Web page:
What does “reskilling and upskilling” mean for the future of work? Upskilling is one of the most urgent challenges facing the current workforce (Fuller et al., 2022, Lufkin, 2022, Weise, 2021). Learning new skills to remain competitive is one essential way workers can future-proof themselves against workforce disruptions, including automation. The practice of reskilling and upskilling also provides learning opportunities for employees to enhance their existing skills, pick up complementary skills, and develop completely new skills to both elevate performance in their current role and prepare them for further in-demand roles. Such opportunities boost employee engagement by offering valuable career development pathways and adding meaningful variation to employees’ regular routines.  Employee learning helps organizations fill in talent gaps while preserving institutional knowledge and nurturing employee loyalty and commitment. Encouraging staff to grow into the skills that the organization needs also lays fertile ground for internal mobility, and easier internal mobility improves staff retention (Maurer, 2020). Importantly, employee opportunity creation offers businesses a competitive advantage within their industries by ensuring that their workforces are agile, equipped, and comfortable in engaging with the most current technologies.  Moreover, organizations can prepare to create programs around creating internal learning and development initiatives or even offering reimbursement programs to those employees who are willing to pursue educational opportunities outside of their own organization.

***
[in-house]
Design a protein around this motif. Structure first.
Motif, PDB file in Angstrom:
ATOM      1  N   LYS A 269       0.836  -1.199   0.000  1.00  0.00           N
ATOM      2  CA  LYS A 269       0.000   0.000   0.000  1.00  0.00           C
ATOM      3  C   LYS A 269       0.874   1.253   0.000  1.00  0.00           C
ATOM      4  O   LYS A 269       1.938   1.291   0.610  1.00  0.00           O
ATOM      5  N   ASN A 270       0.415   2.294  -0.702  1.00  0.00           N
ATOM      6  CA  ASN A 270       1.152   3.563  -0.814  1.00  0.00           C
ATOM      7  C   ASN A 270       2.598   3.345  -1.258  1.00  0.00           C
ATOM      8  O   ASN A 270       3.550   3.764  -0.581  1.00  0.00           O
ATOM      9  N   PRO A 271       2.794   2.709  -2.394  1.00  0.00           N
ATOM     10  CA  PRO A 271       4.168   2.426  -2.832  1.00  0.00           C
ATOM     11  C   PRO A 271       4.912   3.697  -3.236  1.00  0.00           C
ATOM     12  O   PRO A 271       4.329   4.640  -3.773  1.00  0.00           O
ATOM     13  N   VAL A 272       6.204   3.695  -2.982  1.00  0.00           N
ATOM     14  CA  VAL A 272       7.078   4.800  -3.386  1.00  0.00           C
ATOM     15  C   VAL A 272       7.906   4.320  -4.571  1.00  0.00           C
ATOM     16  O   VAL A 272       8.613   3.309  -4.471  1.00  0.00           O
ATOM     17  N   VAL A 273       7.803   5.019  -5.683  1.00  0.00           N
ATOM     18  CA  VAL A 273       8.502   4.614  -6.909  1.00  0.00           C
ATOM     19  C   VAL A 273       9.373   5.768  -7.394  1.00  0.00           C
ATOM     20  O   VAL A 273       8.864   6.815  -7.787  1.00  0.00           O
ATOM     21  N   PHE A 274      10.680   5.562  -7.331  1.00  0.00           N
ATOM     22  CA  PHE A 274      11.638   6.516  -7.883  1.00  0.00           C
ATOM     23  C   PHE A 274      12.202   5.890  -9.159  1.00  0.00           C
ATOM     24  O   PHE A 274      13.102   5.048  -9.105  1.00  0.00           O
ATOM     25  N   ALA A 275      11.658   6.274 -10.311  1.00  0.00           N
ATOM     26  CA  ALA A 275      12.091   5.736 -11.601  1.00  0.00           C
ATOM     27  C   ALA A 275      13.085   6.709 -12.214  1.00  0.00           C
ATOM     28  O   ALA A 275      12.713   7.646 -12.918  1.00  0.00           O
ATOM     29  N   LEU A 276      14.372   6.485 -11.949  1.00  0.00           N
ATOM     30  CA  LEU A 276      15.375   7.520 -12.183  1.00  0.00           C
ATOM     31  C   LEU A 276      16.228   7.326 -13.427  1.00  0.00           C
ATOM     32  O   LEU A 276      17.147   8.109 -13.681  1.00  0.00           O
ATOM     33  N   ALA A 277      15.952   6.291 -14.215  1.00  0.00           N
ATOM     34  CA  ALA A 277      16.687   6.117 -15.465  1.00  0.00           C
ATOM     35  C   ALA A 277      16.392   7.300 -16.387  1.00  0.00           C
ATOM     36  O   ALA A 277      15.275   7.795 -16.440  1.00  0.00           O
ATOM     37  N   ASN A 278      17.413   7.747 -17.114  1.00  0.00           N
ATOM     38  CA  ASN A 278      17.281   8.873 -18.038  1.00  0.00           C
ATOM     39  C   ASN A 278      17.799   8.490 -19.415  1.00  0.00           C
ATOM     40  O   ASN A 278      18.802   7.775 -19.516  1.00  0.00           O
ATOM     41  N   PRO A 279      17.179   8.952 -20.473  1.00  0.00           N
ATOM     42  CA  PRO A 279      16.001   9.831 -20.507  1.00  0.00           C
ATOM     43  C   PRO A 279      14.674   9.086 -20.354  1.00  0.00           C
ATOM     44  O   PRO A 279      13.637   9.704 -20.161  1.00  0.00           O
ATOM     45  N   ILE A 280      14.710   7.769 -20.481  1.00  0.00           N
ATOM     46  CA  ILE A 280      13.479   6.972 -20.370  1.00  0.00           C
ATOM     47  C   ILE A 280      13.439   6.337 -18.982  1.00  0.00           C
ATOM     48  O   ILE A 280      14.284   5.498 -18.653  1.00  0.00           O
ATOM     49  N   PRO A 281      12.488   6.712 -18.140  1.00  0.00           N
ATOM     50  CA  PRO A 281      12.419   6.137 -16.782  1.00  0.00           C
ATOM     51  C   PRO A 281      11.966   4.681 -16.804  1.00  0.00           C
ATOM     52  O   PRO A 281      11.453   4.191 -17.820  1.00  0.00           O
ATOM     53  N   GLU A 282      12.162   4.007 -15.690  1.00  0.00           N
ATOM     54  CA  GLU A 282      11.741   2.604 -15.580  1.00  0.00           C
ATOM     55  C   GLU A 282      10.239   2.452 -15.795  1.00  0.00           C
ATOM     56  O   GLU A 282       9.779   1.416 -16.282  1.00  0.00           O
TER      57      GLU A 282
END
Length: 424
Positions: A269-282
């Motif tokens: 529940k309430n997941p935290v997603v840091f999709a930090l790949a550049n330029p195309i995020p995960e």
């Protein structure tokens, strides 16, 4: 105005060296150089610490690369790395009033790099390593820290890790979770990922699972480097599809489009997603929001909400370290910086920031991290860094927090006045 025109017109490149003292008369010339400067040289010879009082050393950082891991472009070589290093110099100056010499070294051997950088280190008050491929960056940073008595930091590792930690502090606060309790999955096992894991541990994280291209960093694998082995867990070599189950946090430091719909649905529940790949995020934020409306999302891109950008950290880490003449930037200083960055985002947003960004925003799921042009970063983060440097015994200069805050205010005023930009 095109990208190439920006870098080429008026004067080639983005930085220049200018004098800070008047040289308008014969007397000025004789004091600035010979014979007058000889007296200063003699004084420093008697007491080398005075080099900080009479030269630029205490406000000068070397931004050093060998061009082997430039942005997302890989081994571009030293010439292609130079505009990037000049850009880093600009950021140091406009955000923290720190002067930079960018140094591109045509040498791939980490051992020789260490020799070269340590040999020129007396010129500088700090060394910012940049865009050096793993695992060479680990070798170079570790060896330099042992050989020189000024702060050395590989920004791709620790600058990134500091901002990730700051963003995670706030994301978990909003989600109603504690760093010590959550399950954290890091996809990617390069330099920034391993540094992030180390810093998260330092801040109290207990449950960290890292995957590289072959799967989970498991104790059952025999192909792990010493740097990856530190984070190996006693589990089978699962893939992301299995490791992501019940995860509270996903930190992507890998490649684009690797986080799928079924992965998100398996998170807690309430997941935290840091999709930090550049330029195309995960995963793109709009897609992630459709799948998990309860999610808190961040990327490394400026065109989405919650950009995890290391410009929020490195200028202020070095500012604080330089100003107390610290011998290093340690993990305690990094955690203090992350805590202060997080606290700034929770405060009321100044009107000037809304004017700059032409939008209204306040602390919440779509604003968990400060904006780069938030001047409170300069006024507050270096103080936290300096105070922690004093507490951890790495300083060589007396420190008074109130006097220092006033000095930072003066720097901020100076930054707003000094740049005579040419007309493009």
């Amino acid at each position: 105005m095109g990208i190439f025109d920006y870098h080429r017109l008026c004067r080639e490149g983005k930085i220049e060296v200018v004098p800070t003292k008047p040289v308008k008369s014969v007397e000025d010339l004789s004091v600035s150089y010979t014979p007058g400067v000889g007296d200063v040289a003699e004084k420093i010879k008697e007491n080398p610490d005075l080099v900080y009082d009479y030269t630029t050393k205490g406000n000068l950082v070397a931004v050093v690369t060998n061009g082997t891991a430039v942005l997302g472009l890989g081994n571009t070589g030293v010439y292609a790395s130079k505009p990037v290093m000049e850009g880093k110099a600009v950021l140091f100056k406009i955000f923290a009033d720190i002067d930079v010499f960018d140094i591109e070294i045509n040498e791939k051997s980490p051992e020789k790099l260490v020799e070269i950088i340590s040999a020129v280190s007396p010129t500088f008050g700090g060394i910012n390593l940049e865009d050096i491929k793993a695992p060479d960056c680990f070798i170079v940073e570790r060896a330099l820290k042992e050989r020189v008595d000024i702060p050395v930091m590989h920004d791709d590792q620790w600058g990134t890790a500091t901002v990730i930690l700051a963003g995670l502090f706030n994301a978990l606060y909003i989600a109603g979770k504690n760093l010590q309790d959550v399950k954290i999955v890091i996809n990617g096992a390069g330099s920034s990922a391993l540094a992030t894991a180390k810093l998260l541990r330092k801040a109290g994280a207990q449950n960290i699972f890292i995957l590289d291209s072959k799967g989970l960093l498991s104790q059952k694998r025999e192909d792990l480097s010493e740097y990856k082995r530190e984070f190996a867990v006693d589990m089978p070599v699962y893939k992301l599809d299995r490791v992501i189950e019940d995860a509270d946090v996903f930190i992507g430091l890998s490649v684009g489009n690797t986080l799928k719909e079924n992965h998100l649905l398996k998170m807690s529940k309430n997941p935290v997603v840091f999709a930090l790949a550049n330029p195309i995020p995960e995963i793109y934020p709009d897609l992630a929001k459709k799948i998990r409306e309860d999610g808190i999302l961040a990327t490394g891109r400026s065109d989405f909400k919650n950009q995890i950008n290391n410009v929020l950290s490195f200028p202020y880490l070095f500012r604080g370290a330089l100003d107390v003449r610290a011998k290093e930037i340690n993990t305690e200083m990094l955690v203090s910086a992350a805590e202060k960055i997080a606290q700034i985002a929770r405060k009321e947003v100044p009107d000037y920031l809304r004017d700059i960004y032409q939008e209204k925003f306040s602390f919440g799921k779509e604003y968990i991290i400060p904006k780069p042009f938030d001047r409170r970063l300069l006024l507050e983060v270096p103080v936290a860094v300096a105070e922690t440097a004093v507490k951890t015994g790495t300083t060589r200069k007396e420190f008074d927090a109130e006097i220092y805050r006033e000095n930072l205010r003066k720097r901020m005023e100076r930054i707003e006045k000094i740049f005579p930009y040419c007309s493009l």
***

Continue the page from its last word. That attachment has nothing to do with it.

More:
As Cage and Kaleba (2022) write “job seekers with no degrees – but useful skills – need and deserve more”, thereby leaving more jobs open to qualified applicants. With fierce competition for talent in today’s labor market, many employers are indeed asking whether a college degree is really necessary. Shifting the exclusive focus from degrees to skills–and with learners’ experience gaining prominence–will lead to a larger workforce that is more diverse and representative. Removing barriers that allow more aspiring workers to qualify for good-paying jobs without investing four years in a degree is also an essential step in reducing inequity in our current labor markets.